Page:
Dual Disorders in Geriatrics

\r\n There are two types of elderly addicts: those who become addicted to drugs or alcohol before age 65, termed “early-onset addicts”, and those who do so after age 65, termed “late-onset addicts.” Early-onset addicts are those who have abused drugs and alcohol throughout their lifetime, becoming dependent and addicted to illicit substances at a younger age and perpetuating this addiction as age advances. This group of elderly addicts is thought to make up two-thirds of the geriatric alcoholic population and may have more physical and psychiatric issues than late-onset addicts, according to the Psychiatric Times.

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\r\n The New York Times further publishes that between 14 and 20 percent of the elderly population have suffered from either a mental health disorder, substance abuse disorder, or both, according to a national survey in 2010. Mental illness often co-occurs with substance abuse. Those diagnosed with a mood disorder may be twice as likely to also battle a drug abuse disorder, NIDA reports. In fact, psychiatric disorders and substance abuse may occur as often as between 21 and 66 percent of the time. As we age, physical and mental capacities may deteriorate further blurring the lines between substance dependence and mental illness.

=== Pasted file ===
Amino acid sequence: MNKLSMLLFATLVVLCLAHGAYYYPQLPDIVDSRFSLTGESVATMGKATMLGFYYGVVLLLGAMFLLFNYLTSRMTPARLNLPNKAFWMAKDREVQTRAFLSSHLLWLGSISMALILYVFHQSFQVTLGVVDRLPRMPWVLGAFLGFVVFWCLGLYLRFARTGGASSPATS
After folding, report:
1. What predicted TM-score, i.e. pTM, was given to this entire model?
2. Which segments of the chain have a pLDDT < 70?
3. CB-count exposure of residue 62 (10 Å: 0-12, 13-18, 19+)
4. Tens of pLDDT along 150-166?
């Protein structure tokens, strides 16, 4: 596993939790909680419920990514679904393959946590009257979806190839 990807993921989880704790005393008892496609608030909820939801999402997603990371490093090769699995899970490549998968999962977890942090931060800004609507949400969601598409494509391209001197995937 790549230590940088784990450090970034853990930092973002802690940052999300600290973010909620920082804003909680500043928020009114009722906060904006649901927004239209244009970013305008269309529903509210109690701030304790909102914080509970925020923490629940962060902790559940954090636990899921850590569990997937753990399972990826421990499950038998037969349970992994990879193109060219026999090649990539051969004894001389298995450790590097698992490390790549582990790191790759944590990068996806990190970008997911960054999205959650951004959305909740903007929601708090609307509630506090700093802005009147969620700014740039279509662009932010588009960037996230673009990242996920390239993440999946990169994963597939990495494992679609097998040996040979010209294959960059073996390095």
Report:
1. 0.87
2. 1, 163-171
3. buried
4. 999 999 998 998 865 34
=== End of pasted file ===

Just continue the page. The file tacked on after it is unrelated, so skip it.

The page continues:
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\r\n Stressful life changes that often occur as we age may increase the incidence of drug or alcohol abuse, which can develop into a late-onset addiction. For instance, as age advances, loved ones or significant others may pass away, living situations can change, retirement begins, and physical maladies may increase. Drinking or using drugs may begin as a method of coping with these difficult psychological and physical changes.

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  • Abstinence
  • Criticism
  • Holistic treatment

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Dual Disorders in Geriatrics Conference Speakers